531 Mr S. M. Bruce, High Commissioner in the United Kingdom, to Mr John Curtin, Prime Minister
Cablegram 88A LONDON, 26 June 1942, 8.15 p.m.
IMMEDIATE FOR PRIME MINISTER MOST SECRET PERSONAL HIMSELF
Your telegrams Nos. 5772  and 347  to Dominions Office. I entirely appreciate your point of view and Australia's case is put with restraint and clarity in your telegram to the Dominions Office.
It is desirable in order to avoid any misunderstanding and friction with the United Kingdom Government that I should make clear to you the position here.
The request contained in Dominions Office telegram No. 871  in no way indicated any alteration in the realisation of Australia's great needs, to which Evatt's  Visit So materially contributed and [which] is exemplified in the undertakings given in Ismay's letter of May 28th , or a desire to go back on those undertakings.
The disastrous turn of events in Libya created a situation in which every avenue had to be explored whereby the position could be restored. In this exploration the Spitfires en route to Australia came under review and their diversion was examined on the same basis as all other possible diversions, e.g. from India, namely where was the need most urgent in the light of present circumstances and probable developments of the immediate future.
As a result of the examination on this basis and after full consideration of the views of the Chiefs of Staff the War Cabinet came to the conclusion that the situation in the Near East was so critical and the need of Air reinforcements so great that Australia should be asked to agree to the 42 Spitfires on their way to Australia which were the only machines which have been tropicalised being sent to the Middle East, the personnel and equipment proceeding to Australia and the machines being replaced in the following convoy.
In the discussion in the War Cabinet I had to confine myself as you have done in your telegram to the Dominions Office to the issue of where the need was greatest as there had been no suggestion of repudiating the arrangement but that Australia should be asked in the light of the altered circumstances to agree to a postponement in the date of implementing it.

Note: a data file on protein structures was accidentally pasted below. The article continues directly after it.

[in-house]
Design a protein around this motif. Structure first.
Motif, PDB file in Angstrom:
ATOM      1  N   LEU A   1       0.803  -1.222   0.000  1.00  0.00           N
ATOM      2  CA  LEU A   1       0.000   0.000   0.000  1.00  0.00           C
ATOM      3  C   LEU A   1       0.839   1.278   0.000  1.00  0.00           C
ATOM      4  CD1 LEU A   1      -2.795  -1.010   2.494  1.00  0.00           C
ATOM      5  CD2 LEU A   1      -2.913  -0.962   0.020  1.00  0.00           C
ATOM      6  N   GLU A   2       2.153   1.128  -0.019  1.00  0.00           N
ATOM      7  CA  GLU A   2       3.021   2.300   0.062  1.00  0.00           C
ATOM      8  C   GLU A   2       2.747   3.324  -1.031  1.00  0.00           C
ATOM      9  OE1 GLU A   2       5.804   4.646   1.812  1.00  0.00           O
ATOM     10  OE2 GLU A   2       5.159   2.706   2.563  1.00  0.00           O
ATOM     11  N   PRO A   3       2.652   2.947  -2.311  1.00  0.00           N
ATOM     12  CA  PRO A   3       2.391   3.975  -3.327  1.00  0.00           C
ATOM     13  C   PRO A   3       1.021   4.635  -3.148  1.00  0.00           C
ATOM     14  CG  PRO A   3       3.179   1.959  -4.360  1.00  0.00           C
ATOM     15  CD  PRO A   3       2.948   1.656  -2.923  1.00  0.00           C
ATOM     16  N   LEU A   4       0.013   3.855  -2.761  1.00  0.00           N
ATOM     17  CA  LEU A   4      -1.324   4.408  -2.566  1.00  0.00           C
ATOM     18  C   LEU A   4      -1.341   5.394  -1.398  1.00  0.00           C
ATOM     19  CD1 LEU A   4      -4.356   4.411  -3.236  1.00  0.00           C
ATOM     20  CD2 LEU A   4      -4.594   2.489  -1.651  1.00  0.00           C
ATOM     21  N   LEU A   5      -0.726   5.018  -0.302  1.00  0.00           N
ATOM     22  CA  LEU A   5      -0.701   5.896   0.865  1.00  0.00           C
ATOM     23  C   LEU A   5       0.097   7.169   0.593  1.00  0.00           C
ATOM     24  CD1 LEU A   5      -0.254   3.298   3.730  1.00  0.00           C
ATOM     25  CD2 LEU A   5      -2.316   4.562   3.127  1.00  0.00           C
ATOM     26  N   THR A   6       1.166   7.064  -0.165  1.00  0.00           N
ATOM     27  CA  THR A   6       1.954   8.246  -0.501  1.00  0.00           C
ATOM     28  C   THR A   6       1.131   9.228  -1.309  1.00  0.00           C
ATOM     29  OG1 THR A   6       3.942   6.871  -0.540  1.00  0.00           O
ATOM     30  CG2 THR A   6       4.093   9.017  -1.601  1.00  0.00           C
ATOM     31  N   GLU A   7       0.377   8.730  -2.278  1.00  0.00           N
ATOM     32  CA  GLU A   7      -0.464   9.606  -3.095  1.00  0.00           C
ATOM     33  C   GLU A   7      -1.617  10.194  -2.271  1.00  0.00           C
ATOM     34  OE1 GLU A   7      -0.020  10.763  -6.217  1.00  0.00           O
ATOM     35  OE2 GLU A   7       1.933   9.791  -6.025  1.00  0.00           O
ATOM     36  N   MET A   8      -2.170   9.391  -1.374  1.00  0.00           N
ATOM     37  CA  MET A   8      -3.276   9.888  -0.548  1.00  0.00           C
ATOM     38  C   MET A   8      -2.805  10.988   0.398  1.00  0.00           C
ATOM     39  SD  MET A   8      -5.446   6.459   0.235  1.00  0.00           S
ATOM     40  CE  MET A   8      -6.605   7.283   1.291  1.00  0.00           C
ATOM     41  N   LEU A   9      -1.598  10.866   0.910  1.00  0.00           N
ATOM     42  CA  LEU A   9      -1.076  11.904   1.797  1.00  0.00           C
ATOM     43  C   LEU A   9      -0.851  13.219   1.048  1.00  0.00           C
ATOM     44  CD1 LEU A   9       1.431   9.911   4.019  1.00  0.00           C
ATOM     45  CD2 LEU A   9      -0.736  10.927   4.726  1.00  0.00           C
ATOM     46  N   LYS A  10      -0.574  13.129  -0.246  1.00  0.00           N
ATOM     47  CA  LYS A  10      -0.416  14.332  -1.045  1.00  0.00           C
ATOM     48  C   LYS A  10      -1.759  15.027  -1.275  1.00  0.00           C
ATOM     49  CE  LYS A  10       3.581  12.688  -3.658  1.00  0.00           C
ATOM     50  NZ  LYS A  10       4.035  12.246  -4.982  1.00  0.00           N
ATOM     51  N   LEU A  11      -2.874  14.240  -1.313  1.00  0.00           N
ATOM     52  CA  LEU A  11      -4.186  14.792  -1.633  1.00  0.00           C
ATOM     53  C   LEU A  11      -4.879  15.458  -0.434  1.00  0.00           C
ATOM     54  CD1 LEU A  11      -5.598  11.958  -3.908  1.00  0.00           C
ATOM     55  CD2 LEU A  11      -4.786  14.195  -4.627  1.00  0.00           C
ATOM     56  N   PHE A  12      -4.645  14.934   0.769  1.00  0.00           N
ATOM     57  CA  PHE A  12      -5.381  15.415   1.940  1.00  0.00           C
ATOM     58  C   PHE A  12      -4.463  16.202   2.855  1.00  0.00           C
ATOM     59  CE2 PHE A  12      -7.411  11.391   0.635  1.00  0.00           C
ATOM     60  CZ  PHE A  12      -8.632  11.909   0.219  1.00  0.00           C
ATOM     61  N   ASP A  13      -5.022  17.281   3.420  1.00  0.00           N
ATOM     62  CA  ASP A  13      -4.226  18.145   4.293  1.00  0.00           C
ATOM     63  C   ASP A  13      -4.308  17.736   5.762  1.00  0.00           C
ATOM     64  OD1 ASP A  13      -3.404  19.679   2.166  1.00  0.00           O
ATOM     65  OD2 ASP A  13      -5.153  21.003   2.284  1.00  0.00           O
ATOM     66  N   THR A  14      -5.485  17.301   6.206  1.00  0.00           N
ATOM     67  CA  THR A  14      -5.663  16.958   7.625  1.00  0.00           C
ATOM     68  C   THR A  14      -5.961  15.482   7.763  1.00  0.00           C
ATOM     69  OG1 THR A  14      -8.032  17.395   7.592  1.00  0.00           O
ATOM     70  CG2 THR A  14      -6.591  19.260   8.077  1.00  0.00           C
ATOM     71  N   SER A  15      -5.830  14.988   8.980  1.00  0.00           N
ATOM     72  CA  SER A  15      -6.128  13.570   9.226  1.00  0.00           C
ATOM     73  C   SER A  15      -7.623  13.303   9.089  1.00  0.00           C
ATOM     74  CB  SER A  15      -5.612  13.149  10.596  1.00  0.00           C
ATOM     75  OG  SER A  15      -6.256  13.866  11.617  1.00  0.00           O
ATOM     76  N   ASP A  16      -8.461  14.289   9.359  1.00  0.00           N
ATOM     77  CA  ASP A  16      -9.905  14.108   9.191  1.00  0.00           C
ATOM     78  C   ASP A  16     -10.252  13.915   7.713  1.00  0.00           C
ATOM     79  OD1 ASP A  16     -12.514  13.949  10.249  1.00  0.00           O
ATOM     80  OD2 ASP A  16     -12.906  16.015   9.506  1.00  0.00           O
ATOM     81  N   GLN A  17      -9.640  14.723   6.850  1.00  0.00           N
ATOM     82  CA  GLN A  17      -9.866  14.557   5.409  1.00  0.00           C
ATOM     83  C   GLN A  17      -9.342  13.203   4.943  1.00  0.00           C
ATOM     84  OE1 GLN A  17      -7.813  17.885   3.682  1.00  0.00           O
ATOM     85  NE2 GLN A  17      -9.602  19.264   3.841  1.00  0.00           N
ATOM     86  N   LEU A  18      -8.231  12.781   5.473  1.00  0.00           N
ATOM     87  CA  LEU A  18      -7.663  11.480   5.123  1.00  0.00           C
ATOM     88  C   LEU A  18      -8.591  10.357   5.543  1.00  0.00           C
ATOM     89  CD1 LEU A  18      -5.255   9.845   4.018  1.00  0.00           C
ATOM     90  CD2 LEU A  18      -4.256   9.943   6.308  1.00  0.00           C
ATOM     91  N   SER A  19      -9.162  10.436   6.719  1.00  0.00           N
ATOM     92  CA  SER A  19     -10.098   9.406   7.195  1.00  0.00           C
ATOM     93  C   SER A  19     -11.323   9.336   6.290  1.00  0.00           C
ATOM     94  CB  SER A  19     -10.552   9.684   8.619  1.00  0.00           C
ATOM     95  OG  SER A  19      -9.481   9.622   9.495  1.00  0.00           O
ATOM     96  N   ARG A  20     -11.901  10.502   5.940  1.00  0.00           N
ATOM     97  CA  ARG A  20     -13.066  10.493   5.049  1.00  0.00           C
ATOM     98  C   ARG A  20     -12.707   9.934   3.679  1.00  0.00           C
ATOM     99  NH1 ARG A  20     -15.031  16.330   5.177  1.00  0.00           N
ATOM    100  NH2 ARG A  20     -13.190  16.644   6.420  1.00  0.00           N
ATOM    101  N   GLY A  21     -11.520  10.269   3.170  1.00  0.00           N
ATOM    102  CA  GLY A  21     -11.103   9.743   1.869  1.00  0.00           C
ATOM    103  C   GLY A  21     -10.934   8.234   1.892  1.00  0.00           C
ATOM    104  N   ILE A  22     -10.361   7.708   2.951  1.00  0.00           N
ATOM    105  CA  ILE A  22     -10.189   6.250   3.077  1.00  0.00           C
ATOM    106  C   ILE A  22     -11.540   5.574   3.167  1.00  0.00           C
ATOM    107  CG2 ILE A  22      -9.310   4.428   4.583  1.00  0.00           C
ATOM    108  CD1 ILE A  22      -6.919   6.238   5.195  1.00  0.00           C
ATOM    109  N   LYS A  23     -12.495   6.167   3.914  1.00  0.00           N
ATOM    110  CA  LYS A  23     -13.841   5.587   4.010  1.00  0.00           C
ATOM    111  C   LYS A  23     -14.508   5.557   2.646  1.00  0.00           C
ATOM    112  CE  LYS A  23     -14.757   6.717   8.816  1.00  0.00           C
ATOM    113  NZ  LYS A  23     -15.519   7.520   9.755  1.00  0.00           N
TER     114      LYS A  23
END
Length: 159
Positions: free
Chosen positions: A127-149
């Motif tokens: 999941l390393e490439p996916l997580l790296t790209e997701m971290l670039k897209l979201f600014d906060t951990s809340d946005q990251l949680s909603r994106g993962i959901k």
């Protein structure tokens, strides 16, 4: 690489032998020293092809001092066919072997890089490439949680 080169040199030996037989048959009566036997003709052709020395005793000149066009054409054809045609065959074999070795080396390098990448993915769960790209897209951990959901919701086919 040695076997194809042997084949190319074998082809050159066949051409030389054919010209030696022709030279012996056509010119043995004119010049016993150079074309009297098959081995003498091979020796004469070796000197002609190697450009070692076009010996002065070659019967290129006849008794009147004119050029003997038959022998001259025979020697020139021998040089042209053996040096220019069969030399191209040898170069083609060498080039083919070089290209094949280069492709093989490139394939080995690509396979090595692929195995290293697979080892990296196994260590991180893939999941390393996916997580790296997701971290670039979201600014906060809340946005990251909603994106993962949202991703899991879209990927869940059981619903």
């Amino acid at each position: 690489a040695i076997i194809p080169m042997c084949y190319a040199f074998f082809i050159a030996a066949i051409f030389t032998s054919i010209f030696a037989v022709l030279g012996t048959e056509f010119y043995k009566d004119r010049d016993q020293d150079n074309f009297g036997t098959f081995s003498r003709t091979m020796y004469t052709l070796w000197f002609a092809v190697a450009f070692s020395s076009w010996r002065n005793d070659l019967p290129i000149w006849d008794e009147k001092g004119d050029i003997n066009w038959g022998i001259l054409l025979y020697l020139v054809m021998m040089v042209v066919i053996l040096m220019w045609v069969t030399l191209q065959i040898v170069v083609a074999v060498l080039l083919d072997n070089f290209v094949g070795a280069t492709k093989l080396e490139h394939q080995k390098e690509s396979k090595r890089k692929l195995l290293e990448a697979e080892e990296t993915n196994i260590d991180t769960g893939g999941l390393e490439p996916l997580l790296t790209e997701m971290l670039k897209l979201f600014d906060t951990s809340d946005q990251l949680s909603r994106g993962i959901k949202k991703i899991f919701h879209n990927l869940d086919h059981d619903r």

In putting our case I stressed strongly the importance of these Spitfires, limited though they were in number, in the whole scheme of Australia's defence because of the superior performance of the Spitfire to anything the Japanese had. I also emphasised strongly the special significance which attached to their presence in Australia. I particularly concentrated on the point that they would not be available in the Middle East until the 25th July and that that might well be too late in which event their presence in Australia would be absolutely vital because of the deterioration of the position in the Middle East.
On this latter point I was countered by the argument that probably the date of their arrival would be when they would be of the maximum value. This was based upon the view that the most serious menace we have to face is the bombing of Egypt, Alexandria and the Suez Canal in particular; that the staging of such bombing on a serious scale will take time -a view as to which I have considerable doubt; and that the presence of first class fighters to deal with the fighter escorts to the bombers when large scale attacks eventuate will be the major necessity.
Although I put all the arguments I could think of to support the case that the common interest would best be served by the Spitfires going to Australia I was unable to convince the War Cabinet. Eventually when I saw that I could not alter the Cabinet view I suggested the course indicated in my telegram No. 86 A , namely-'that as I had had no opportunity of consulting my Government and as the proposed diversion was in conflict with the spontaneous and specific offer made to Evatt, I felt the United Kingdom Government should approach you direct setting out their reasons.' I came to the decision to take this course as I felt, in view of the fact that all the professional advice and views expressed by Members of the War Cabinet were in the direction that if Australia would agree the wisest course in the common interest would be for the Spitfires to be diverted, to continue to oppose the request being put to Australia would have created the impression that I was merely sitting in the War Cabinet as an advocate for Australia irrespective of the merits of the case. To have placed myself in such a position would unquestionably have weakened my influence in the War Cabinet and with individual Members in regard to the higher direction of the war.
I have telegraphed to you at length as I feel this particular case raises fundamental considerations in regard to our representation in the War Cabinet. Our objective in having representation in the War Cabinet is that Australia's interests should be safeguarded, that her point of view should be fully represented, and that we should exercise the fullest influence on the higher direction of the war in its widest aspects.
I appreciate the difficulty of realising this objective but I believe that with full confidence and understanding between us it can be achieved.